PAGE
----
18.104.22.168 Multi-stage sampling or Cluster Sampling
Under this method, the random selection is made of primary, intermediate and final (or the ultimate) units from a given population or stratum. There are several stages in which the sampling process is carried out. At first, the first stage units are sampled by some suitable method, such as simple random sampling. Then, a sample of second stage units is selected from each of the selected first stage units, again by some suitable method which may be the same as or different from the method employed for the first stage units. Further stages may be added as required. The procedure may be illustrated as follows;
Suppose we want to take a sample of 5,000 households from the State of Tamil Nadu. At the first stage, the State may be divided into a number of districts and a few districts selected at random. At the second stage, each district may be subdivided into a number of villages and a sample of villages may be taken at random. At the third stage, a number of households may be selected from each of the villages selected at the second stage. To take another example suppose in a particular survey, we wish to take a sample of 10,000 students from Delhi University. We may take colleges—primary units—as the first stage, then draw departments as the second stage, and choose students as the third and last stage.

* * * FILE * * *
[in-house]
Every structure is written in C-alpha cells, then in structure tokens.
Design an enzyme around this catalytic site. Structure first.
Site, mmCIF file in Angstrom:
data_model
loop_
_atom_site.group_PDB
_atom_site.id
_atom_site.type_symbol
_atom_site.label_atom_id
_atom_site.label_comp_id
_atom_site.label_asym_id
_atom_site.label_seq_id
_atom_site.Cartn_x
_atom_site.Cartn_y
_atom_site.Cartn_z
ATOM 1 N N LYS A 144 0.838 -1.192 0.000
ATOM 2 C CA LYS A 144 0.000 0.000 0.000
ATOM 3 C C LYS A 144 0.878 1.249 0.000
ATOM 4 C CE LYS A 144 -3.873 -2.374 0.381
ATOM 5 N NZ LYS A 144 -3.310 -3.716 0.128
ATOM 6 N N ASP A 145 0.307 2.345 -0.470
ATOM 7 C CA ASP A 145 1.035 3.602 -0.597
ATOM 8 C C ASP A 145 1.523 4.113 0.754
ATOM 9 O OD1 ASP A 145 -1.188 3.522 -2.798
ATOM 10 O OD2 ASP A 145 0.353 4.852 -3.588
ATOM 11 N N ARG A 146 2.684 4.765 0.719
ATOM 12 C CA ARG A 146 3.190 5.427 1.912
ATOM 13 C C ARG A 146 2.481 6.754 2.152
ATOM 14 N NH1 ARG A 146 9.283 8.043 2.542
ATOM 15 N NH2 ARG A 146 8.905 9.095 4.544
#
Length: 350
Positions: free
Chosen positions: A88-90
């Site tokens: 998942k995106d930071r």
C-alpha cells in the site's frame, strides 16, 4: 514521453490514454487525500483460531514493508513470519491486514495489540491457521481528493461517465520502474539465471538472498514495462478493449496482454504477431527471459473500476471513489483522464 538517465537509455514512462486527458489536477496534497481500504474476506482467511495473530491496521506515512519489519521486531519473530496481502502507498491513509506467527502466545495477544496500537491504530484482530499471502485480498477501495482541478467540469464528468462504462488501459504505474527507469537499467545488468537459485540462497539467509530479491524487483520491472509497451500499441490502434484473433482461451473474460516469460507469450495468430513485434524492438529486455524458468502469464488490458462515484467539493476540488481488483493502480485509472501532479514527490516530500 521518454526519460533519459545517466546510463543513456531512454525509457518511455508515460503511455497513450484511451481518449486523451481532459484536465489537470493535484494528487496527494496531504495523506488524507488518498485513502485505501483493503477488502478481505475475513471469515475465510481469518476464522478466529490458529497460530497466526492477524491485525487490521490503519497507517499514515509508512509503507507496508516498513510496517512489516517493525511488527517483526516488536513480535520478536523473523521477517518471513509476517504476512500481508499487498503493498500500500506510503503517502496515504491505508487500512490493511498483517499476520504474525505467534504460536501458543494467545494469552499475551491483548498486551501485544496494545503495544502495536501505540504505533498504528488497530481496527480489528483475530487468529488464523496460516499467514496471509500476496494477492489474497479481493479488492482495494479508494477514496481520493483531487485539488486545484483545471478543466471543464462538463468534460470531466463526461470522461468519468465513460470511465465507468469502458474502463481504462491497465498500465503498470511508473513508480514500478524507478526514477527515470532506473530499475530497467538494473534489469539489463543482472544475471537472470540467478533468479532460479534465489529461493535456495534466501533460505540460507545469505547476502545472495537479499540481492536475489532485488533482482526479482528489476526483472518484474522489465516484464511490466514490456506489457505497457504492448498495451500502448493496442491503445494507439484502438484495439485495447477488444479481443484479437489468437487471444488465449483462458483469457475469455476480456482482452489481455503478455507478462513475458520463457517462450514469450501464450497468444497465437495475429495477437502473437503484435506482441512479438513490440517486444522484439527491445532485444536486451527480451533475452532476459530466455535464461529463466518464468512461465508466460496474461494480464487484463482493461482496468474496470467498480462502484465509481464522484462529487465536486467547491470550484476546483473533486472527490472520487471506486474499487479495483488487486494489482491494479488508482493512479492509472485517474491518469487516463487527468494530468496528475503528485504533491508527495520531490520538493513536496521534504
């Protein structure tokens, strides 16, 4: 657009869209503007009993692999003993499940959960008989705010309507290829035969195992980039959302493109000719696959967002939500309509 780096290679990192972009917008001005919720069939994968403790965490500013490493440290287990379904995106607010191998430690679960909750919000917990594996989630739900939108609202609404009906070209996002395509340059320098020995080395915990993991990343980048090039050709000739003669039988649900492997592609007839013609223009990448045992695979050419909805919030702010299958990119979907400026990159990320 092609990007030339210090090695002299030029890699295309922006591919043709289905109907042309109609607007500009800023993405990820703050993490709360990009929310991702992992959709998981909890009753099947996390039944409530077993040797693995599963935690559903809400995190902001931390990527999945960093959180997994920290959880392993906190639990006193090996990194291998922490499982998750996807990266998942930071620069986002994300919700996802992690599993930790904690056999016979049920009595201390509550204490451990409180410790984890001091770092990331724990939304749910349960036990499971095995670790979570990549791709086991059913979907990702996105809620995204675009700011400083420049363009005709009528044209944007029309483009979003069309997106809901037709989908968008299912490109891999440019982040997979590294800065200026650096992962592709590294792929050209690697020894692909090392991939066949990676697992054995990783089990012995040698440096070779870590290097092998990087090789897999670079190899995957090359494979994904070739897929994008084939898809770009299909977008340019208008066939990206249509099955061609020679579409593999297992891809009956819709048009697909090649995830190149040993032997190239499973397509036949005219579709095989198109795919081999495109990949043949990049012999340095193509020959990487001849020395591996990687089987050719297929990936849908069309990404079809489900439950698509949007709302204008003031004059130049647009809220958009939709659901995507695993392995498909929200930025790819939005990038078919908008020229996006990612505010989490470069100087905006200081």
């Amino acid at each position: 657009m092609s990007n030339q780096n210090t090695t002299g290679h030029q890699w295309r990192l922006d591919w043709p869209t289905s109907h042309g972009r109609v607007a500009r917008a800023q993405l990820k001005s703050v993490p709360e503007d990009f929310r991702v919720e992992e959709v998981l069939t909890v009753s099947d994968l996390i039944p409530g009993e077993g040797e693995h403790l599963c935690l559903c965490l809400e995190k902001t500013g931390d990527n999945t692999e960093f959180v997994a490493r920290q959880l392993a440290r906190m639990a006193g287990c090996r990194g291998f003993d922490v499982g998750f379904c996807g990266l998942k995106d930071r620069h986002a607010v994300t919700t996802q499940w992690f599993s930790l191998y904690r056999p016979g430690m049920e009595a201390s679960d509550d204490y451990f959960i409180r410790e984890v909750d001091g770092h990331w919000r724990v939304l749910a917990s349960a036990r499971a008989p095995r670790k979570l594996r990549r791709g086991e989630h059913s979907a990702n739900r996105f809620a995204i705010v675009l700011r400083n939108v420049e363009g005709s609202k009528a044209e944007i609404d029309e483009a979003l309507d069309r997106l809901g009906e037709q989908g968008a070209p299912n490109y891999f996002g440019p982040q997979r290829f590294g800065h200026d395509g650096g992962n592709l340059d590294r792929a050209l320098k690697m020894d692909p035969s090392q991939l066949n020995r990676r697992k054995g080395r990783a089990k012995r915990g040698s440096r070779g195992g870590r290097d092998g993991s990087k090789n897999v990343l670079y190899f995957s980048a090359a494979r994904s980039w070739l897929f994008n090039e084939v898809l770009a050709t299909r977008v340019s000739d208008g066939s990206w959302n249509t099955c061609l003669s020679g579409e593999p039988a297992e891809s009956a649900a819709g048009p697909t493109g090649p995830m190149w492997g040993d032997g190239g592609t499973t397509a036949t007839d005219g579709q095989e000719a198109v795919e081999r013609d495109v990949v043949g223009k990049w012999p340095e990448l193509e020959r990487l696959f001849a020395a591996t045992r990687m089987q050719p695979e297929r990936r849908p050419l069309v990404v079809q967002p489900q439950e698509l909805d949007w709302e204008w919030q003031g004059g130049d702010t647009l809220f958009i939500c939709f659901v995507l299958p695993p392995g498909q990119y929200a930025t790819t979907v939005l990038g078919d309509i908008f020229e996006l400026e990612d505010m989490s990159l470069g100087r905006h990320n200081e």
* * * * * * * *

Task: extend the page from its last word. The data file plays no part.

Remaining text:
Merits. Multi-stage sampling introduces flexibility in the sampling method which is lacking in the other methods. It enables existing divisions and sub-divisions of the population to be used as units at various stges, and permits the field work to be concentrated and yet large area to be covered. Another advantage of the method is that subdivision into second stage units(i.e., the construction of the second stage frame) need be carried out for only those first stage units which are included in the sample. It is, therefore, particularly valuable in surveys of under-developed areas where no frame is generally sufficiently detailed and accurate for subdivision of the material into reasonably small sampling units.
Limitations. A multi-stage sample is less accurate than a sample containing the same number of final stage units which have been selected by some suitable stage process.
We have discussed above the various random procedures in independent designs. In practice we often combine two or more of these methods into a single design.